Lorna’s eyes watered. “Did you say Annie Lorna?”
     “I know we only just this morning said our first howdy’s, but what would I have done without you, Lorna Nelson? Ain’t is just a wonder? Three all at once and they’re all just a pink as new little pigs.”
    Lorna laughed out loud. She’d never had a child named after her before, and here she was comparing it to a piglet.
    “Ahhem.” Abe cleared his throat.
    If that man spits, he’s going right back outside. He’s as feisty as a a bantam rooster. You’d think he did all the work. Come on in, Abe.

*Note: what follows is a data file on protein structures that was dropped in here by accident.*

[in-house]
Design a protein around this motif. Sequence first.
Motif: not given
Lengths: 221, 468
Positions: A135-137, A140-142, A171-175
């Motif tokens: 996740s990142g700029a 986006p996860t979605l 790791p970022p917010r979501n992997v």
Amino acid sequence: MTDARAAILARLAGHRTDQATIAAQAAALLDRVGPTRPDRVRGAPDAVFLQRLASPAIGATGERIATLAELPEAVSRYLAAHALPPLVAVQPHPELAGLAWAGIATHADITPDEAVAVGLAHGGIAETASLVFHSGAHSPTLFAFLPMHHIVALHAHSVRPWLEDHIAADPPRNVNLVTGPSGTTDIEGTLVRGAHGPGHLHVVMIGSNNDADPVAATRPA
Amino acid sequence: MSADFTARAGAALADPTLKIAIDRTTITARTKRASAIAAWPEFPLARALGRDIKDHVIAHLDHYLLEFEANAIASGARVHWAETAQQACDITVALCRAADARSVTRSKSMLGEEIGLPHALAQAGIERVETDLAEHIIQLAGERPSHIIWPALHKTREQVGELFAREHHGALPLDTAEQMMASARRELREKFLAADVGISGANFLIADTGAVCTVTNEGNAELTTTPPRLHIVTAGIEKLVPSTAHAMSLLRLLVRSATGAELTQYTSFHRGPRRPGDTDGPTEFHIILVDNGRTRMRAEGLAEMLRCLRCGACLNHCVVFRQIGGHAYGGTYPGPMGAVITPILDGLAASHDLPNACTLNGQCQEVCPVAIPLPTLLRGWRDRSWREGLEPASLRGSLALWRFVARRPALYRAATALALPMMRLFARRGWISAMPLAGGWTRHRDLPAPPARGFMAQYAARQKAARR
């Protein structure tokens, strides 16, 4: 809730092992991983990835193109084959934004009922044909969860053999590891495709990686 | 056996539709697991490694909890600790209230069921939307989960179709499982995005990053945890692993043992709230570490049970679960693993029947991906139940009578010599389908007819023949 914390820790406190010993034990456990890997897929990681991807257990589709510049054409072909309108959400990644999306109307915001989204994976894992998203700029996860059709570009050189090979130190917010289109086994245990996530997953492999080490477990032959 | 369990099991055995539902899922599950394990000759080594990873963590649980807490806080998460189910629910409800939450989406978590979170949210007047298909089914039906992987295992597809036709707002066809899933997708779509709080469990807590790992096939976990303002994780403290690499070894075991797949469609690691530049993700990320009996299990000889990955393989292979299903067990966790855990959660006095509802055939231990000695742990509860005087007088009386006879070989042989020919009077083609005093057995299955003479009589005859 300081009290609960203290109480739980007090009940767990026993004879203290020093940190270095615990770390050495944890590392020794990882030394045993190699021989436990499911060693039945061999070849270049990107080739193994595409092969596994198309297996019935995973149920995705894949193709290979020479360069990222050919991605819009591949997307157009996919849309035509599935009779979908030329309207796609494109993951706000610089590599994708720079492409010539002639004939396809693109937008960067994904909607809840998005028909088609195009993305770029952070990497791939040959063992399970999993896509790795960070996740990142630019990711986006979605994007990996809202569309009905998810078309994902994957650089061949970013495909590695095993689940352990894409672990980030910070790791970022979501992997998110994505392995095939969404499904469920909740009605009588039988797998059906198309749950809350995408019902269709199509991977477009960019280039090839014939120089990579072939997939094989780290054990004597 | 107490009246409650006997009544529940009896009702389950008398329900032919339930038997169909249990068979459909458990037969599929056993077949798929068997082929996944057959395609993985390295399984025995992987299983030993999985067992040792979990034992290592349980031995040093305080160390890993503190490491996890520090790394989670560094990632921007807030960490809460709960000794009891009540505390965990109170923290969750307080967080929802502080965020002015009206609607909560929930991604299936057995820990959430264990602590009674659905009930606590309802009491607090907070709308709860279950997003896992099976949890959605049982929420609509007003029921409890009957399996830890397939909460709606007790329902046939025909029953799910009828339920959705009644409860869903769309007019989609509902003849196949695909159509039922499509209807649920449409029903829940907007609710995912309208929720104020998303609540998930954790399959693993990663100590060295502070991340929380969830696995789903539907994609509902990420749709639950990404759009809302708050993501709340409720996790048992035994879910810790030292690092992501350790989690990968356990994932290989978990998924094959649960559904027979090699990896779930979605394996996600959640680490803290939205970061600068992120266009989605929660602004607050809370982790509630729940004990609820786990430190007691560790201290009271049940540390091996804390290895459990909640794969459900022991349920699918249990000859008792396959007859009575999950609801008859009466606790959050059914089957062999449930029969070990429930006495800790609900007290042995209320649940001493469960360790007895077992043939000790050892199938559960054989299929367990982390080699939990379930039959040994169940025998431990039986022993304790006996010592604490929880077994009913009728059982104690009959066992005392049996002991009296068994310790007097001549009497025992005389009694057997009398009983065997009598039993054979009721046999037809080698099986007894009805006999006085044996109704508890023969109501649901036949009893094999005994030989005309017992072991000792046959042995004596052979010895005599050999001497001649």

He stopped beside Lorna and put his hand on her shoulder. “Thank ya, Mrs. Nelson. My Alice, she  means more to me than anything. Reckon I was mighty scared I was gonna lose her. Sure thankin’ the Lord you was here to help.”
     So, he has a soft heart after all. Forgive me, Lord. Do you have a name picked for the little fella? Alice told me you got to choose the boys’ names.”
     “Sure do,” he puffed out his chest and grinned. “Andrew Fredrick—kinda goes well with Anna and Annie, don’t ya think?”
    Doc sniffed. “Goes well with all the A names, Abe—but mighty proud you chose Fredrick. He’ll be a good man one day.